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Poverty reduction measures as an effective solution to deforestation in the tropics


Article title

Poverty reduction saves forests sustainably: Lessons for deforestation policies

Author (affiliation)

Motoe Miyamoto (a)

(a) Department of Forest Policy and Economics, FFPRI, Tsukuba, Ibaraki, Japan.

Publication Journal

World Development, 127, Elsevier, March 2020 DOI:10.1016/j.worlddev.2019.104746( External link )

Content introduction

Since solutions to tropical deforestation are important for both the alleviation of climate change and their contribution to the achievement of the United Nation’s (UN’s) Sustainable Development Goals (SDGs), measures toward achieving these are being actively implemented. However, concerns have been raised regarding these existing measures, in particular their high costs, low effectiveness, poor sustainability, and negative impact on local economies. These concerns appear to have manifested due to the fact that the underlying causes of deforestation have not been identified. Therefore, the identification of deforestation mechanisms and correspondingly appropriate and effective solutions continues to present challenges.

This study examines the main factors influencing forest area change by combining the results of a multinational data analysis, a Malaysian socio-economic survey, and Indonesian household surveys on deforestation that were conducted between 1990 and 2014. This study reveals that poverty-related variables have a strong impact on forest area change, and thus poverty is the chief underlying cause of deforestation. The results also confirm that agricultural rent (i.e. the profitability of agricultural land) is the chief direct cause of deforestation. This study also provides evidence that when poverty is reduced considerably, and even if agricultural rent remains high, deforestation will be reduced. Furthermore, it is also shown that deforestation and its reduction can be explained as having their basis in three elements: poverty, agricultural rent, and forest scarcity. This study suggests that strategies that reduce poverty can be effective and sustainable measures for halting deforestation. These findings can contribute to the development of effective strategies to reduce deforestation in the tropics.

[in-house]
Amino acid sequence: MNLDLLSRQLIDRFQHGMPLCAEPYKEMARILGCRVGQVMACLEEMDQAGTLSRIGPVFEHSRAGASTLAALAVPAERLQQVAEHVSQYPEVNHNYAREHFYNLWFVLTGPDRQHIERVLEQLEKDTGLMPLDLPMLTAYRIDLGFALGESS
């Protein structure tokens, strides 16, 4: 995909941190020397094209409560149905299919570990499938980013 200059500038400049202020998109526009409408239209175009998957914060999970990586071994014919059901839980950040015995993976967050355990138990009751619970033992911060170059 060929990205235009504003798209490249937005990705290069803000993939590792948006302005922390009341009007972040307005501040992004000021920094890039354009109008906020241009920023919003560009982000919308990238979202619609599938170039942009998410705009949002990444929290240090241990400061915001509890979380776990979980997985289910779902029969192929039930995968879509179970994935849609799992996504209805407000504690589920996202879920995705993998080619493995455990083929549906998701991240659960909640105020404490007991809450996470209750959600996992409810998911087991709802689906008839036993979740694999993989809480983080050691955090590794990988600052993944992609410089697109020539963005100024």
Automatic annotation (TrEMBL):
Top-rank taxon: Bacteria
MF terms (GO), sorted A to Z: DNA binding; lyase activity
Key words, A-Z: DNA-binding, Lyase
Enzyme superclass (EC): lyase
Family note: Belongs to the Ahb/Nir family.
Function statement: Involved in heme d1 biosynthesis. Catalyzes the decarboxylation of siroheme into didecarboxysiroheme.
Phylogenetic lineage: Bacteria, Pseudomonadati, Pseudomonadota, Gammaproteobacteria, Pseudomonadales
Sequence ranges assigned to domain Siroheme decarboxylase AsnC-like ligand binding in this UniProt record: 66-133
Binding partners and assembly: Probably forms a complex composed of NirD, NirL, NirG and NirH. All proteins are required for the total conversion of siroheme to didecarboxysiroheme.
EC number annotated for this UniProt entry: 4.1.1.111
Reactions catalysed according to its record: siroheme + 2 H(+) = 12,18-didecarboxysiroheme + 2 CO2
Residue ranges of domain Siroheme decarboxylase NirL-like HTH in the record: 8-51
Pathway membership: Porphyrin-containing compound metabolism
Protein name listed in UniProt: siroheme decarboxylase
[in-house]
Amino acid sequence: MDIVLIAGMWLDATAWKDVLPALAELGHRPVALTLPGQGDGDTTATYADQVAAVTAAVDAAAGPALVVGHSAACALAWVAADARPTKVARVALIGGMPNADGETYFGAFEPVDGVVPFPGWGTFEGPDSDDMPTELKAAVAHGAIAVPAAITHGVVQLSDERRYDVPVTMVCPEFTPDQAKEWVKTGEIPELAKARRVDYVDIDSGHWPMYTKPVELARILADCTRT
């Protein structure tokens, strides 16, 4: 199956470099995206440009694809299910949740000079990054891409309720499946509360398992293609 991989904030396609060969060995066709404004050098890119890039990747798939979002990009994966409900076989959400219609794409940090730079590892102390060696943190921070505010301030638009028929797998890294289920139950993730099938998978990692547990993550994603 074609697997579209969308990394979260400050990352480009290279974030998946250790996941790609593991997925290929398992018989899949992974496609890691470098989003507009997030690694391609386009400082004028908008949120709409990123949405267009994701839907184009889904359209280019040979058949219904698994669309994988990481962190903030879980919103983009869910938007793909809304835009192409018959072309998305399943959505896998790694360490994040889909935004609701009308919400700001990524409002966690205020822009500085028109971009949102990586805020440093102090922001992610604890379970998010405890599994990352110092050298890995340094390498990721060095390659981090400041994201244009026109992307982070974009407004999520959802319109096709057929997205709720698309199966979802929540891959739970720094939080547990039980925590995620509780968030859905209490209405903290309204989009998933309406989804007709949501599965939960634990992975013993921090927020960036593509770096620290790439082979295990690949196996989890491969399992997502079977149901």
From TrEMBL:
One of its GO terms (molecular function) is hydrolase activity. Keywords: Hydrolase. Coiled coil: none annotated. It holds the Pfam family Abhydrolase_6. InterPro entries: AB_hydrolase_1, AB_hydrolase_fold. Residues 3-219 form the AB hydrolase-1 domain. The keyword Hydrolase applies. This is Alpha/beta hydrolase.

Photograph1-1. Deforestation mainly results Photograph1-2. Deforestation mainly results

Photograph 1. Deforestation mainly results from the conversion of forests to agricultural land, particularly for export crops such as rubber, palm oil, cattle, soybean, and coffee. Forest conversion to agriculture has been found to be related to high agricultural rents (the profitability of agricultural lands). However, measures to decrease agricultural rent can negatively impact local economies and thus may be unsustainable. (left: oil palm plantation; right: rubber plantation).


Figure1: Mechanisms of deforestation

Figure 1: Mechanisms of deforestation.


Figure2: Mechanisms of deforestation reduction

Figure 2: Mechanisms of deforestation reduction.